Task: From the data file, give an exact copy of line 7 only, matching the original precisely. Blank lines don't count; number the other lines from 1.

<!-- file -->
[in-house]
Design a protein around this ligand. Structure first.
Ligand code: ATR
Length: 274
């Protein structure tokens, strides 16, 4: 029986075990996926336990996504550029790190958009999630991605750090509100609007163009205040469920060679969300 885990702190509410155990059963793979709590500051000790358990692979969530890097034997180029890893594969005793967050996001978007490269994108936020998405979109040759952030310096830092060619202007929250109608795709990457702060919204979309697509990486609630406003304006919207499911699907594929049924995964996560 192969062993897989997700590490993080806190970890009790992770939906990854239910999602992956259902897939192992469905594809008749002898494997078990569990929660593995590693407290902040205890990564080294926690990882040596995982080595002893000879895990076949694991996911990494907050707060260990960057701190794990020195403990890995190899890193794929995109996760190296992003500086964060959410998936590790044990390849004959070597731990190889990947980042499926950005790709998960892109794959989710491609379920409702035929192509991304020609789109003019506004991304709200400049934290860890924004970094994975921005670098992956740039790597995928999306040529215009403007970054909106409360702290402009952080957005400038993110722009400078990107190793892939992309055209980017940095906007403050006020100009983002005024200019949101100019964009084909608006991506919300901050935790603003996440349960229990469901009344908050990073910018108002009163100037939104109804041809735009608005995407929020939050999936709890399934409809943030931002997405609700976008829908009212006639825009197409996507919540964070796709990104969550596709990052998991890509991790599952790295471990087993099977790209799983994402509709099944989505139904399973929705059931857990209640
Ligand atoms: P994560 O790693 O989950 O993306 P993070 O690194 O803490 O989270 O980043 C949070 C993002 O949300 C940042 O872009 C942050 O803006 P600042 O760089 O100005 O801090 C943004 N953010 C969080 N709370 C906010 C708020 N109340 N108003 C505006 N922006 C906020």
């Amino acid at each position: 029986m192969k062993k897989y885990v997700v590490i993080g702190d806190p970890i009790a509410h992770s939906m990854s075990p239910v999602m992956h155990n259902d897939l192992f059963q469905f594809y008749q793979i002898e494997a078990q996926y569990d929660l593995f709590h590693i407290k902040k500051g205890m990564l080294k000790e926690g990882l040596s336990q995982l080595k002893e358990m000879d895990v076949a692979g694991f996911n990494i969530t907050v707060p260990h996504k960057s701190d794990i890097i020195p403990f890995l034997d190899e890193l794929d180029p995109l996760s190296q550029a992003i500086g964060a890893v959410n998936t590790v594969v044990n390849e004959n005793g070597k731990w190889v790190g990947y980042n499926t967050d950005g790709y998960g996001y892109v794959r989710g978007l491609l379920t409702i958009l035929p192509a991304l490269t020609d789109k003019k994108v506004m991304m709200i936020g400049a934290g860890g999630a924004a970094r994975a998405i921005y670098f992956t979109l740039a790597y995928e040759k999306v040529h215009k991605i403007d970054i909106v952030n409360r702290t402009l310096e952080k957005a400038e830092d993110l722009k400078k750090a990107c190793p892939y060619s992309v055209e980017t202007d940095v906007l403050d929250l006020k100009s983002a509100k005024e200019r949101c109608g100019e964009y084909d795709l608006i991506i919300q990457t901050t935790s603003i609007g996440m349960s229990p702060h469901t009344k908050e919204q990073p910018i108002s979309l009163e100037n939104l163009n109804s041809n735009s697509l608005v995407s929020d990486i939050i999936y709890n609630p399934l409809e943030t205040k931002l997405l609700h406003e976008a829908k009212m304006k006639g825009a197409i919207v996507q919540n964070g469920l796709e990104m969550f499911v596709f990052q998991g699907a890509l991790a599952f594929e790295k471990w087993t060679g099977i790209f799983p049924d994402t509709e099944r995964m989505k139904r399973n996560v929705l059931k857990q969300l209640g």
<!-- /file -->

């Amino acid at each position: 029986m192969k062993k897989y885990v997700v590490i993080g702190d806190p970890i009790a509410h992770s939906m990854s075990p239910v999602m992956h155990n259902d897939l192992f059963q469905f594809y008749q793979i002898e494997a078990q996926y569990d929660l593995f709590h590693i407290k902040k500051g205890m990564l080294k000790e926690g990882l040596s336990q995982l080595k002893e358990m000879d895990v076949a692979g694991f996911n990494i969530t907050v707060p260990h996504k960057s701190d794990i890097i020195p403990f890995l034997d190899e890193l794929d180029p995109l996760s190296q550029a992003i500086g964060a890893v959410n998936t590790v594969v044990n390849e004959n005793g070597k731990w190889v790190g990947y980042n499926t967050d950005g790709y998960g996001y892109v794959r989710g978007l491609l379920t409702i958009l035929p192509a991304l490269t020609d789109k003019k994108v506004m991304m709200i936020g400049a934290g860890g999630a924004a970094r994975a998405i921005y670098f992956t979109l740039a790597y995928e040759k999306v040529h215009k991605i403007d970054i909106v952030n409360r702290t402009l310096e952080k957005a400038e830092d993110l722009k400078k750090a990107c190793p892939y060619s992309v055209e980017t202007d940095v906007l403050d929250l006020k100009s983002a509100k005024e200019r949101c109608g100019e964009y084909d795709l608006i991506i919300q990457t901050t935790s603003i609007g996440m349960s229990p702060h469901t009344k908050e919204q990073p910018i108002s979309l009163e100037n939104l163009n109804s041809n735009s697509l608005v995407s929020d990486i939050i999936y709890n609630p399934l409809e943030t205040k931002l997405l609700h406003e976008a829908k009212m304006k006639g825009a197409i919207v996507q919540n964070g469920l796709e990104m969550f499911v596709f990052q998991g699907a890509l991790a599952f594929e790295k471990w087993t060679g099977i790209f799983p049924d994402t509709e099944r995964m989505k139904r399973n996560v929705l059931k857990q969300l209640g």